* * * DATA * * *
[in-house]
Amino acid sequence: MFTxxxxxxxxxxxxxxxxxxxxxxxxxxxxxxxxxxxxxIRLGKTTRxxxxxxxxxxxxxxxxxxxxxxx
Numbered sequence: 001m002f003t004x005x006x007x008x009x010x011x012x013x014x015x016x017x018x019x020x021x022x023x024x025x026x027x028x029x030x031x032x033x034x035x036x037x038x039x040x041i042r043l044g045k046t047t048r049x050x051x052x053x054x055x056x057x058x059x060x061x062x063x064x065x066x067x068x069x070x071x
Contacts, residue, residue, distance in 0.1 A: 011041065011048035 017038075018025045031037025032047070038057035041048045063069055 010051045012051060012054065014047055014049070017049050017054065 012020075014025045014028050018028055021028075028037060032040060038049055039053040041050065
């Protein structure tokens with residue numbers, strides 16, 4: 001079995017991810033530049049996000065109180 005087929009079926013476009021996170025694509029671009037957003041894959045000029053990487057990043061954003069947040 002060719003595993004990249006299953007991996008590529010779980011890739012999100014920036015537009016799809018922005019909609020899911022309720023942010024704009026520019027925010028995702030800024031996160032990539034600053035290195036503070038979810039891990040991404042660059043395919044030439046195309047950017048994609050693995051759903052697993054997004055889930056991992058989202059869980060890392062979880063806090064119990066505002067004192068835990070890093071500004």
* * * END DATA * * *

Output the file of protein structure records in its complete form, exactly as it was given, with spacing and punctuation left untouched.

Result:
[in-house]
Amino acid sequence: MFTxxxxxxxxxxxxxxxxxxxxxxxxxxxxxxxxxxxxxIRLGKTTRxxxxxxxxxxxxxxxxxxxxxxx
Numbered sequence: 001m002f003t004x005x006x007x008x009x010x011x012x013x014x015x016x017x018x019x020x021x022x023x024x025x026x027x028x029x030x031x032x033x034x035x036x037x038x039x040x041i042r043l044g045k046t047t048r049x050x051x052x053x054x055x056x057x058x059x060x061x062x063x064x065x066x067x068x069x070x071x
Contacts, residue, residue, distance in 0.1 A: 011041065011048035 017038075018025045031037025032047070038057035041048045063069055 010051045012051060012054065014047055014049070017049050017054065 012020075014025045014028050018028055021028075028037060032040060038049055039053040041050065
């Protein structure tokens with residue numbers, strides 16, 4: 001079995017991810033530049049996000065109180 005087929009079926013476009021996170025694509029671009037957003041894959045000029053990487057990043061954003069947040 002060719003595993004990249006299953007991996008590529010779980011890739012999100014920036015537009016799809018922005019909609020899911022309720023942010024704009026520019027925010028995702030800024031996160032990539034600053035290195036503070038979810039891990040991404042660059043395919044030439046195309047950017048994609050693995051759903052697993054997004055889930056991992058989202059869980060890392062979880063806090064119990066505002067004192068835990070890093071500004």